6. McAlvay AC, Armstrong CG, Baker J, Elk LB, Bosco S, Hanazaki N, Joseph L, Martínez-Cruz TE, Nesbitt M, Palmer MA, Priprá de Almeida WC, Anderson J, Asfaw Z, Borokini IT, Cano-Contreras EJ, Hoyte S, Hudson M, Ladio AH, Odonne G, Peter S, Rashford J, Wall J, Wolverton S, Vandebroek I. Ethnobiology phase VI: decolonizing institutions, projects, and scholarship. J Ethnobiol. 2021;41(2):170–91.

    Article  Google Scholar 

  7. Ludwig D, Poliseli L. Relating traditional and academic ecological knowledge: mechanistic and holistic epistemologies across cultures. Biol Philos. 2018;33:1–19.

    Article  Google Scholar 

  8. Jolliffe D, Prydz EB. Estimating international poverty lines from comparable national thresholds. J Econ Inequal. 2016;14:185–98.

    Article  Google Scholar 

  9. World Bank. In: Understanding poverty. 2022. Accessed 30 Oct 2023.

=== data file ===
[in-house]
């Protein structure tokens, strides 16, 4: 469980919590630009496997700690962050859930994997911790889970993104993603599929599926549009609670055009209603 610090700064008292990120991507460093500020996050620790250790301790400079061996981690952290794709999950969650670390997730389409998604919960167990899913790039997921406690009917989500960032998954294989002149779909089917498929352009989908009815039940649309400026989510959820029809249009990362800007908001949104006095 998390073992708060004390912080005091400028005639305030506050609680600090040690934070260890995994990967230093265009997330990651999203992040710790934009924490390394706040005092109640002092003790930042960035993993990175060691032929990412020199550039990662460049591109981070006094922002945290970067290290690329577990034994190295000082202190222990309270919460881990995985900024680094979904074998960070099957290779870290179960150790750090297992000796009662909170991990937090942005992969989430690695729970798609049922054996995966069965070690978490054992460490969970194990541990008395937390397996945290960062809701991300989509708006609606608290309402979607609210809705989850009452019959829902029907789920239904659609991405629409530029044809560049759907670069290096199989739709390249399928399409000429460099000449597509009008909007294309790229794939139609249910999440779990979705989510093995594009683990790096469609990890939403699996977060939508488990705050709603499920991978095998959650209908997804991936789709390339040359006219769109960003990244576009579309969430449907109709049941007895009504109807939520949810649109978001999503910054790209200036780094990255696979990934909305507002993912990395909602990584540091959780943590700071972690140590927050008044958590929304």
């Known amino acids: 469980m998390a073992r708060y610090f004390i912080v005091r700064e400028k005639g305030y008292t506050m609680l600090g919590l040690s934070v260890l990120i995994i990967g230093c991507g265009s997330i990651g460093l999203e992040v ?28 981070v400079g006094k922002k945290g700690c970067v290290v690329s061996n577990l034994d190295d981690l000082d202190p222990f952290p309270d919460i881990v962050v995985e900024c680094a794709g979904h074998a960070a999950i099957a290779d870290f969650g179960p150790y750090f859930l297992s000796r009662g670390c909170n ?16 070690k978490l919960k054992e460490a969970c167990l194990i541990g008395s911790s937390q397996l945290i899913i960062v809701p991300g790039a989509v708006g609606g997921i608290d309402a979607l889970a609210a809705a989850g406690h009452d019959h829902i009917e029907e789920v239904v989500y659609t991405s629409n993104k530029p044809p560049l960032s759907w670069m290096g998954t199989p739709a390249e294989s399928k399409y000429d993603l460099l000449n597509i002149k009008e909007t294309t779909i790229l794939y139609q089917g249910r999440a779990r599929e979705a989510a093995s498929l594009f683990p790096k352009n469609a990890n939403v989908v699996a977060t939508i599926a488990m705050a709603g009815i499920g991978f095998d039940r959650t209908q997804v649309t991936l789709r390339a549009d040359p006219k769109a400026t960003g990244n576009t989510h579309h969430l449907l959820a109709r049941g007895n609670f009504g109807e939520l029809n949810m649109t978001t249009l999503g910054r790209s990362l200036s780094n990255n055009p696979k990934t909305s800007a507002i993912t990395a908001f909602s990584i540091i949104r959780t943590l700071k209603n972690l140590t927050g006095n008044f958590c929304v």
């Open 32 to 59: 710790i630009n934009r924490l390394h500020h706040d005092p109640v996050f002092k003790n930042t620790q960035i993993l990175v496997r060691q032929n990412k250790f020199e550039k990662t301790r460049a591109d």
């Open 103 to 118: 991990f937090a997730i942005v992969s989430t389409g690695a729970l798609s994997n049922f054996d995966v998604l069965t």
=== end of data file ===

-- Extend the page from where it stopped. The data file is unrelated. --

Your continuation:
10. Hasell J, Roser M, Ortiz-Ospina E, Arriagada P. In: Poverty. 2022. Accessed 27 Oct 2023

  11. United Nations. In: Inequality: bridging the divide. 2023. Accessed 27 Oct 2023

  12. Ghosh A. A Maldição da Noz-Moscada: Parábolas para um Planeta em Crise. Lisboa: Elsinore; 2023.

    Google Scholar 

  13. Ferdinand M. Uma ecologia decolonial: pensar a partir do mundo caribenho. São Paulo: Ubu Editora; 2022.

    Google Scholar 

  14. Rorato A, Câmara G, Escada M, Picoli M, Moreira T, Verstegen J. Brazilian Amazon indigenous peoples threatened by mining bill. Environ Res Lett. 2020.

    Article  Google Scholar 

  15. Rorato A, Picoli M, Verstegen J, Câmara G, Bezerra F, Escada MI. Environmental threats over Amazonian indigenous lands. Land. 2021.

    Article  Google Scholar 

  16. Sõukand R, Prakofjewa J, Pieroni A. The trauma of no-choice: Wild food ethnobotany in Yaghnobi and Tajik villages, Varzob Valley Tajikistan. Genet Resour Crop Evol. 2021;68:3399–411.

    Article  Google Scholar 

  17. Florit LF. Dos conflitos ambientais à ética socioambiental: um olhar a partir dos povos e comunidades tradicionais. Desenvolvimento e Meio Ambiente. 2019;52:261–83.